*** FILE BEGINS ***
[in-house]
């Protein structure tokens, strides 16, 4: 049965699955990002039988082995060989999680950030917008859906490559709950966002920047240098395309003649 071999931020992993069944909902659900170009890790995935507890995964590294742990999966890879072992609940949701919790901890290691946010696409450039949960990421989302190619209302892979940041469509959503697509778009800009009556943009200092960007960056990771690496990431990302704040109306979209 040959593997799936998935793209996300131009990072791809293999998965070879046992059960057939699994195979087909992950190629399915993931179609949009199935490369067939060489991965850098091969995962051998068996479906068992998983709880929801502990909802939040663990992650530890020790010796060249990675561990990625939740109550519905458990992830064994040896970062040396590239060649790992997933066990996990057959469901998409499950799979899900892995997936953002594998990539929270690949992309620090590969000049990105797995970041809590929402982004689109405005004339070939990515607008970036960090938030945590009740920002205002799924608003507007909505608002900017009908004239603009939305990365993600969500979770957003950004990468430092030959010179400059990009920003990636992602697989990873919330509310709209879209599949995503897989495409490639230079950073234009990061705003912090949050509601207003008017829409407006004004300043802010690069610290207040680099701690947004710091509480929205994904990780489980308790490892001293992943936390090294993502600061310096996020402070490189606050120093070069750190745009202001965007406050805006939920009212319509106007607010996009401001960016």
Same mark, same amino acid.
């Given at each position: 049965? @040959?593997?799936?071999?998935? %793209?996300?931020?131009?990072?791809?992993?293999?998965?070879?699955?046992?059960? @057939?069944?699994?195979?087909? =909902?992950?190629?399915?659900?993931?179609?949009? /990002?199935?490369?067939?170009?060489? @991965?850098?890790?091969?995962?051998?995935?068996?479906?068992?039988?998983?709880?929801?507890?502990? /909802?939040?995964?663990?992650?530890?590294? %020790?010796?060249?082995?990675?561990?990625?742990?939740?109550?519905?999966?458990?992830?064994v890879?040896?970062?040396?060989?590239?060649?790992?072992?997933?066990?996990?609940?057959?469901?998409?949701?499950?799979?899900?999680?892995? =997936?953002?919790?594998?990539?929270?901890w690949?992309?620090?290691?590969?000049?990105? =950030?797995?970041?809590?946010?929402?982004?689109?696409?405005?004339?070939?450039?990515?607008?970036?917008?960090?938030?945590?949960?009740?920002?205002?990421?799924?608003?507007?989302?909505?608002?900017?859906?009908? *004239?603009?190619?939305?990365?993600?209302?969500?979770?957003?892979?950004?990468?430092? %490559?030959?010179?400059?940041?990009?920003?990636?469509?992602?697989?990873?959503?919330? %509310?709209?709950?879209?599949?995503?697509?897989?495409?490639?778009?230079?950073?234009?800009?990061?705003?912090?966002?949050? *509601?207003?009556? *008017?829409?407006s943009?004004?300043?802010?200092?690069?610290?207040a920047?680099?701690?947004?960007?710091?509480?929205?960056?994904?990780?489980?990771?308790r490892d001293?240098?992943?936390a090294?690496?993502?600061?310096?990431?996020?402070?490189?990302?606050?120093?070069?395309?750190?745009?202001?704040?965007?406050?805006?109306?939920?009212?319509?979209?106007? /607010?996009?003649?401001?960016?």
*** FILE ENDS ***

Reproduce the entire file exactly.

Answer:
[in-house]
């Protein structure tokens, strides 16, 4: 049965699955990002039988082995060989999680950030917008859906490559709950966002920047240098395309003649 071999931020992993069944909902659900170009890790995935507890995964590294742990999966890879072992609940949701919790901890290691946010696409450039949960990421989302190619209302892979940041469509959503697509778009800009009556943009200092960007960056990771690496990431990302704040109306979209 040959593997799936998935793209996300131009990072791809293999998965070879046992059960057939699994195979087909992950190629399915993931179609949009199935490369067939060489991965850098091969995962051998068996479906068992998983709880929801502990909802939040663990992650530890020790010796060249990675561990990625939740109550519905458990992830064994040896970062040396590239060649790992997933066990996990057959469901998409499950799979899900892995997936953002594998990539929270690949992309620090590969000049990105797995970041809590929402982004689109405005004339070939990515607008970036960090938030945590009740920002205002799924608003507007909505608002900017009908004239603009939305990365993600969500979770957003950004990468430092030959010179400059990009920003990636992602697989990873919330509310709209879209599949995503897989495409490639230079950073234009990061705003912090949050509601207003008017829409407006004004300043802010690069610290207040680099701690947004710091509480929205994904990780489980308790490892001293992943936390090294993502600061310096996020402070490189606050120093070069750190745009202001965007406050805006939920009212319509106007607010996009401001960016």
Same mark, same amino acid.
């Given at each position: 049965? @040959?593997?799936?071999?998935? %793209?996300?931020?131009?990072?791809?992993?293999?998965?070879?699955?046992?059960? @057939?069944?699994?195979?087909? =909902?992950?190629?399915?659900?993931?179609?949009? /990002?199935?490369?067939?170009?060489? @991965?850098?890790?091969?995962?051998?995935?068996?479906?068992?039988?998983?709880?929801?507890?502990? /909802?939040?995964?663990?992650?530890?590294? %020790?010796?060249?082995?990675?561990?990625?742990?939740?109550?519905?999966?458990?992830?064994v890879?040896?970062?040396?060989?590239?060649?790992?072992?997933?066990?996990?609940?057959?469901?998409?949701?499950?799979?899900?999680?892995? =997936?953002?919790?594998?990539?929270?901890w690949?992309?620090?290691?590969?000049?990105? =950030?797995?970041?809590?946010?929402?982004?689109?696409?405005?004339?070939?450039?990515?607008?970036?917008?960090?938030?945590?949960?009740?920002?205002?990421?799924?608003?507007?989302?909505?608002?900017?859906?009908? *004239?603009?190619?939305?990365?993600?209302?969500?979770?957003?892979?950004?990468?430092? %490559?030959?010179?400059?940041?990009?920003?990636?469509?992602?697989?990873?959503?919330? %509310?709209?709950?879209?599949?995503?697509?897989?495409?490639?778009?230079?950073?234009?800009?990061?705003?912090?966002?949050? *509601?207003?009556? *008017?829409?407006s943009?004004?300043?802010?200092?690069?610290?207040a920047?680099?701690?947004?960007?710091?509480?929205?960056?994904?990780?489980?990771?308790r490892d001293?240098?992943?936390a090294?690496?993502?600061?310096?990431?996020?402070?490189?990302?606050?120093?070069?395309?750190?745009?202001?704040?965007?406050?805006?109306?939920?009212?319509?979209?106007? /607010?996009?003649?401001?960016?």